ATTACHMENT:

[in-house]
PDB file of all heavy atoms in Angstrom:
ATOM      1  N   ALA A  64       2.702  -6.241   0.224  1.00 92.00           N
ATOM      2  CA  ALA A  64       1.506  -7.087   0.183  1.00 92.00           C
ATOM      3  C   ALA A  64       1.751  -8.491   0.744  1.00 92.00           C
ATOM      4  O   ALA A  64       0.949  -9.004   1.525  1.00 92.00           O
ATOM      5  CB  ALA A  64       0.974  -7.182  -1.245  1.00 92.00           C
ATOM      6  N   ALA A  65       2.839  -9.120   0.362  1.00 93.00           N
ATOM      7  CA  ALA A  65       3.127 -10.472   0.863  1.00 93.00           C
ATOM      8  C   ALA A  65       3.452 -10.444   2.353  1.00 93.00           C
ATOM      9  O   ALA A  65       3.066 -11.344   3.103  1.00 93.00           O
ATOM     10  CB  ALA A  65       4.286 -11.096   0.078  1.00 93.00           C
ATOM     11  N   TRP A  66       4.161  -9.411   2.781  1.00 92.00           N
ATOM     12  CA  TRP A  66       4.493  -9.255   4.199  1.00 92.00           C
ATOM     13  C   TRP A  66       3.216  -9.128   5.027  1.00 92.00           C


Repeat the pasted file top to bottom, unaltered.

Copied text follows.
[in-house]
PDB file of all heavy atoms in Angstrom:
ATOM      1  N   ALA A  64       2.702  -6.241   0.224  1.00 92.00           N
ATOM      2  CA  ALA A  64       1.506  -7.087   0.183  1.00 92.00           C
ATOM      3  C   ALA A  64       1.751  -8.491   0.744  1.00 92.00           C
ATOM      4  O   ALA A  64       0.949  -9.004   1.525  1.00 92.00           O
ATOM      5  CB  ALA A  64       0.974  -7.182  -1.245  1.00 92.00           C
ATOM      6  N   ALA A  65       2.839  -9.120   0.362  1.00 93.00           N
ATOM      7  CA  ALA A  65       3.127 -10.472   0.863  1.00 93.00           C
ATOM      8  C   ALA A  65       3.452 -10.444   2.353  1.00 93.00           C
ATOM      9  O   ALA A  65       3.066 -11.344   3.103  1.00 93.00           O
ATOM     10  CB  ALA A  65       4.286 -11.096   0.078  1.00 93.00           C
ATOM     11  N   TRP A  66       4.161  -9.411   2.781  1.00 92.00           N
ATOM     12  CA  TRP A  66       4.493  -9.255   4.199  1.00 92.00           C
ATOM     13  C   TRP A  66       3.216  -9.128   5.027  1.00 92.00           C